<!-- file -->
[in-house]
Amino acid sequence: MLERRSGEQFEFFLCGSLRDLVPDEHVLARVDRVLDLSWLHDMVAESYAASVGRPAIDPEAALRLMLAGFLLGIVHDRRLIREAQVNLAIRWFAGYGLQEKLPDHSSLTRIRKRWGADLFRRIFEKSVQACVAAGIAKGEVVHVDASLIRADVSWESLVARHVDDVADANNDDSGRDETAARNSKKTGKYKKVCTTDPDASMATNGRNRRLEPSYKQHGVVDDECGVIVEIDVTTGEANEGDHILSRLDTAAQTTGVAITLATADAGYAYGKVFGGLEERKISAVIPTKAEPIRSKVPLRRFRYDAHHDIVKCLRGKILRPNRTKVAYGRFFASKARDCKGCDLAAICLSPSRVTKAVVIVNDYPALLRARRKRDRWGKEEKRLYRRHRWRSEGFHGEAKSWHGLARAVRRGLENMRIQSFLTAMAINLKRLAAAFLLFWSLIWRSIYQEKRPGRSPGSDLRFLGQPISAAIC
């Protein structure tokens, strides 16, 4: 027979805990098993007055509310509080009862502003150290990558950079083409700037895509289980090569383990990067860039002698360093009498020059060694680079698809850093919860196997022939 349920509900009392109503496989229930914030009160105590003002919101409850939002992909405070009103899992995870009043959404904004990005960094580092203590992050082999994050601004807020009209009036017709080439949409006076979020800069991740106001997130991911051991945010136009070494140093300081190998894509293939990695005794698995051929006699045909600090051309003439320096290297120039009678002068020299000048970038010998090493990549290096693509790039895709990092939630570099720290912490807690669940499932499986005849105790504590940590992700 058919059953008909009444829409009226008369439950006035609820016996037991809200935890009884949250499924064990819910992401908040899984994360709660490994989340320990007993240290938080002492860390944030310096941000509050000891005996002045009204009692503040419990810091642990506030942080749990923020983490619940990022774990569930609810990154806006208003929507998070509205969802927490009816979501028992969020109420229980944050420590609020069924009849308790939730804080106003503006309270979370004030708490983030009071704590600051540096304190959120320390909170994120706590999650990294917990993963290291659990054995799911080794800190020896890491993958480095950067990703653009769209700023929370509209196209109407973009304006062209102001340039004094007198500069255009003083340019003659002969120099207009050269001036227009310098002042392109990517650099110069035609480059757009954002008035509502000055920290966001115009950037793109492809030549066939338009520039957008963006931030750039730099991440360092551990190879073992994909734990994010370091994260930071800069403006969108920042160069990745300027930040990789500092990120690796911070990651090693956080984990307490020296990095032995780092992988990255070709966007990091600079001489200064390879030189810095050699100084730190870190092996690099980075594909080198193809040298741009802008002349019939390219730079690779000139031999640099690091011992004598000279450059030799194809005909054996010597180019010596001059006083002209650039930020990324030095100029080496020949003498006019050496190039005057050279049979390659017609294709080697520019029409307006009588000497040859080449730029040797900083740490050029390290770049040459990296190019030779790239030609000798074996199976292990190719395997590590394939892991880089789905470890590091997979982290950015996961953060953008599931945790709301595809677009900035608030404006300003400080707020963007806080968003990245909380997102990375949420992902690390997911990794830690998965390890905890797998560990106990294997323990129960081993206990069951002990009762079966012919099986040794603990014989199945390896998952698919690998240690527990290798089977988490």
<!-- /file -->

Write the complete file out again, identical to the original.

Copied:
[in-house]
Amino acid sequence: MLERRSGEQFEFFLCGSLRDLVPDEHVLARVDRVLDLSWLHDMVAESYAASVGRPAIDPEAALRLMLAGFLLGIVHDRRLIREAQVNLAIRWFAGYGLQEKLPDHSSLTRIRKRWGADLFRRIFEKSVQACVAAGIAKGEVVHVDASLIRADVSWESLVARHVDDVADANNDDSGRDETAARNSKKTGKYKKVCTTDPDASMATNGRNRRLEPSYKQHGVVDDECGVIVEIDVTTGEANEGDHILSRLDTAAQTTGVAITLATADAGYAYGKVFGGLEERKISAVIPTKAEPIRSKVPLRRFRYDAHHDIVKCLRGKILRPNRTKVAYGRFFASKARDCKGCDLAAICLSPSRVTKAVVIVNDYPALLRARRKRDRWGKEEKRLYRRHRWRSEGFHGEAKSWHGLARAVRRGLENMRIQSFLTAMAINLKRLAAAFLLFWSLIWRSIYQEKRPGRSPGSDLRFLGQPISAAIC
């Protein structure tokens, strides 16, 4: 027979805990098993007055509310509080009862502003150290990558950079083409700037895509289980090569383990990067860039002698360093009498020059060694680079698809850093919860196997022939 349920509900009392109503496989229930914030009160105590003002919101409850939002992909405070009103899992995870009043959404904004990005960094580092203590992050082999994050601004807020009209009036017709080439949409006076979020800069991740106001997130991911051991945010136009070494140093300081190998894509293939990695005794698995051929006699045909600090051309003439320096290297120039009678002068020299000048970038010998090493990549290096693509790039895709990092939630570099720290912490807690669940499932499986005849105790504590940590992700 058919059953008909009444829409009226008369439950006035609820016996037991809200935890009884949250499924064990819910992401908040899984994360709660490994989340320990007993240290938080002492860390944030310096941000509050000891005996002045009204009692503040419990810091642990506030942080749990923020983490619940990022774990569930609810990154806006208003929507998070509205969802927490009816979501028992969020109420229980944050420590609020069924009849308790939730804080106003503006309270979370004030708490983030009071704590600051540096304190959120320390909170994120706590999650990294917990993963290291659990054995799911080794800190020896890491993958480095950067990703653009769209700023929370509209196209109407973009304006062209102001340039004094007198500069255009003083340019003659002969120099207009050269001036227009310098002042392109990517650099110069035609480059757009954002008035509502000055920290966001115009950037793109492809030549066939338009520039957008963006931030750039730099991440360092551990190879073992994909734990994010370091994260930071800069403006969108920042160069990745300027930040990789500092990120690796911070990651090693956080984990307490020296990095032995780092992988990255070709966007990091600079001489200064390879030189810095050699100084730190870190092996690099980075594909080198193809040298741009802008002349019939390219730079690779000139031999640099690091011992004598000279450059030799194809005909054996010597180019010596001059006083002209650039930020990324030095100029080496020949003498006019050496190039005057050279049979390659017609294709080697520019029409307006009588000497040859080449730029040797900083740490050029390290770049040459990296190019030779790239030609000798074996199976292990190719395997590590394939892991880089789905470890590091997979982290950015996961953060953008599931945790709301595809677009900035608030404006300003400080707020963007806080968003990245909380997102990375949420992902690390997911990794830690998965390890905890797998560990106990294997323990129960081993206990069951002990009762079966012919099986040794603990014989199945390896998952698919690998240690527990290798089977988490």